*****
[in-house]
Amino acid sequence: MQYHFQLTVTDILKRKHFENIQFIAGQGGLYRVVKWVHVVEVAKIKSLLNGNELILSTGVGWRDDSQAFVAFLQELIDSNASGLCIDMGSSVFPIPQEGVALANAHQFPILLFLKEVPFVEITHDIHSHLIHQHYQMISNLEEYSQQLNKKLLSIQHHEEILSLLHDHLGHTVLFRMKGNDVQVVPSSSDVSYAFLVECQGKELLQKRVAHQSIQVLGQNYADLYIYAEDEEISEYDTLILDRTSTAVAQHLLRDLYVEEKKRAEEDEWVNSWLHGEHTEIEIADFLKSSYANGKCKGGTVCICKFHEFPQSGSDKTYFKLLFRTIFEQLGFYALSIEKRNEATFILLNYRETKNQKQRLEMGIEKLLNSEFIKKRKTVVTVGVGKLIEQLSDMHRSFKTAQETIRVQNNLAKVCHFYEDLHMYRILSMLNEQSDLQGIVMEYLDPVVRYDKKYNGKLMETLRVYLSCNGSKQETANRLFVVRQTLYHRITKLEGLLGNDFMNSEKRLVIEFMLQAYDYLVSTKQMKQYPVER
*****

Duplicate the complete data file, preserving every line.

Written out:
[in-house]
Amino acid sequence: MQYHFQLTVTDILKRKHFENIQFIAGQGGLYRVVKWVHVVEVAKIKSLLNGNELILSTGVGWRDDSQAFVAFLQELIDSNASGLCIDMGSSVFPIPQEGVALANAHQFPILLFLKEVPFVEITHDIHSHLIHQHYQMISNLEEYSQQLNKKLLSIQHHEEILSLLHDHLGHTVLFRMKGNDVQVVPSSSDVSYAFLVECQGKELLQKRVAHQSIQVLGQNYADLYIYAEDEEISEYDTLILDRTSTAVAQHLLRDLYVEEKKRAEEDEWVNSWLHGEHTEIEIADFLKSSYANGKCKGGTVCICKFHEFPQSGSDKTYFKLLFRTIFEQLGFYALSIEKRNEATFILLNYRETKNQKQRLEMGIEKLLNSEFIKKRKTVVTVGVGKLIEQLSDMHRSFKTAQETIRVQNNLAKVCHFYEDLHMYRILSMLNEQSDLQGIVMEYLDPVVRYDKKYNGKLMETLRVYLSCNGSKQETANRLFVVRQTLYHRITKLEGLLGNDFMNSEKRLVIEFMLQAYDYLVSTKQMKQYPVER